|Publication number||US5225762 A|
|Application number||US 07/692,385|
|Publication date||Jul 6, 1993|
|Filing date||Apr 29, 1991|
|Priority date||Apr 30, 1990|
|Publication number||07692385, 692385, US 5225762 A, US 5225762A, US-A-5225762, US5225762 A, US5225762A|
|Original Assignee||George Langford|
|Export Citation||BiBTeX, EndNote, RefMan|
|Patent Citations (16), Referenced by (8), Classifications (7), Legal Events (8)|
|External Links: USPTO, USPTO Assignment, Espacenet|
This invention relates to battery chargers and, in particular, to chargers offering a fast tapered charge for encapsulated nickel cadmium batteries. However, other types of storage battery may be charged by means of the present invention.
A great deal has been written on the subject of charging nickel cadmium batteries. It is well known, for example, that the peculiarities of these batteries require careful management if the full lifespan of the batteries is to be realized.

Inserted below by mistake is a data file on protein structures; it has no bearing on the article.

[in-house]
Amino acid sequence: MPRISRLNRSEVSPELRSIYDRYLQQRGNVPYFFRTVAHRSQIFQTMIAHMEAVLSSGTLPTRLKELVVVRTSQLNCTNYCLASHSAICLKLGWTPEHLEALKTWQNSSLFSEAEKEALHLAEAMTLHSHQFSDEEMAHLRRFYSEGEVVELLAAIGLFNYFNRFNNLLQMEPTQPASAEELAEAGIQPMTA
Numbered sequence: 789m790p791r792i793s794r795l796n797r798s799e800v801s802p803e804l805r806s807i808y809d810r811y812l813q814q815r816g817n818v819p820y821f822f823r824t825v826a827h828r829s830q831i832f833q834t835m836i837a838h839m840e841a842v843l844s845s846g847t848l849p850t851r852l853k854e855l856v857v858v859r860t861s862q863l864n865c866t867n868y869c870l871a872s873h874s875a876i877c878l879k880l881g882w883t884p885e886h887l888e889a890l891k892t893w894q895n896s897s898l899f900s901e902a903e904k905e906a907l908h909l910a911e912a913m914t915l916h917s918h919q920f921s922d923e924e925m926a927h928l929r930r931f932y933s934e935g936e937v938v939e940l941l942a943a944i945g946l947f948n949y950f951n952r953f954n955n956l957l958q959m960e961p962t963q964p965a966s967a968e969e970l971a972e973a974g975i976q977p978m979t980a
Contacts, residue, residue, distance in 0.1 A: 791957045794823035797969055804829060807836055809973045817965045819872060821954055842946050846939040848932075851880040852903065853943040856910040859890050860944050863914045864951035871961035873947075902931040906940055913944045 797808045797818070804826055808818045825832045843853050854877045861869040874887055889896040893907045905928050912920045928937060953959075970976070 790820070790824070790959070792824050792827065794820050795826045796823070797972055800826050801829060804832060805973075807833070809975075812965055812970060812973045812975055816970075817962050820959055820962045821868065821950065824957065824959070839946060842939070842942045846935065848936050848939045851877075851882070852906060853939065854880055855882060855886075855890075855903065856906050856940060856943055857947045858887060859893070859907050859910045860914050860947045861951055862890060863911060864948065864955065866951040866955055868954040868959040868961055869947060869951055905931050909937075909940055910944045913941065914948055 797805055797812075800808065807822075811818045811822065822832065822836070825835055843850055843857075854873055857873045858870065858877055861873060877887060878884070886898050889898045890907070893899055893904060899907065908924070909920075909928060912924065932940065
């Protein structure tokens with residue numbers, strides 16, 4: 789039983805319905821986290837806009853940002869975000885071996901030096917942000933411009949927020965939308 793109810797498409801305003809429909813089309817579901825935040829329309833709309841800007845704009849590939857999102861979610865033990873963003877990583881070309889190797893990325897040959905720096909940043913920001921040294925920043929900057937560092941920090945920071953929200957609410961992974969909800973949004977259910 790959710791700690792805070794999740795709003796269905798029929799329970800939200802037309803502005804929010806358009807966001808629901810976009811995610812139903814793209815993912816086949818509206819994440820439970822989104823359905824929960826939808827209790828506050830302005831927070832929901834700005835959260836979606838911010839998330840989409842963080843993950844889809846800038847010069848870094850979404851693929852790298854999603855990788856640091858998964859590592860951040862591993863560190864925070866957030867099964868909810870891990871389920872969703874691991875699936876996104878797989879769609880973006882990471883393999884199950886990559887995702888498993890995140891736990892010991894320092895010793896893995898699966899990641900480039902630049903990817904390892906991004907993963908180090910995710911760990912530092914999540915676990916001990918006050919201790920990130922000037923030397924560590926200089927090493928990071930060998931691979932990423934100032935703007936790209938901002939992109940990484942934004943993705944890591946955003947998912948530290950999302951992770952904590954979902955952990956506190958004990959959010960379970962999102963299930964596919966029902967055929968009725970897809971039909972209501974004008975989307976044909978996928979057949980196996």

Prior art battery chargers have provided either trickle charging at low currents, fast charging using high currents or a combination of both. Trickle charging is usually too slow as it takes typically 12 to 14 hours to charge a fully discharged battery. On the other hand, fast charging includes the risk of damaging the battery or reducing its life due to overheating. Nevertheless, fast charging is often preferred as it possible with care to charge a battery in less than one hour. In fast charging, an appropriate parameter of the battery (e.g., output voltage or battery temperature) is usually monitored to detect when it is fully charged. Chargers combining fast and trickle charging allow automatic battery charging in which the battery is quickly charged and then kept topped up by a trickle charge.
It is an object of the present invention to provide a method and apparatus for charging batteries which overcomes, or least ameliorates, the disadvantages of the prior art.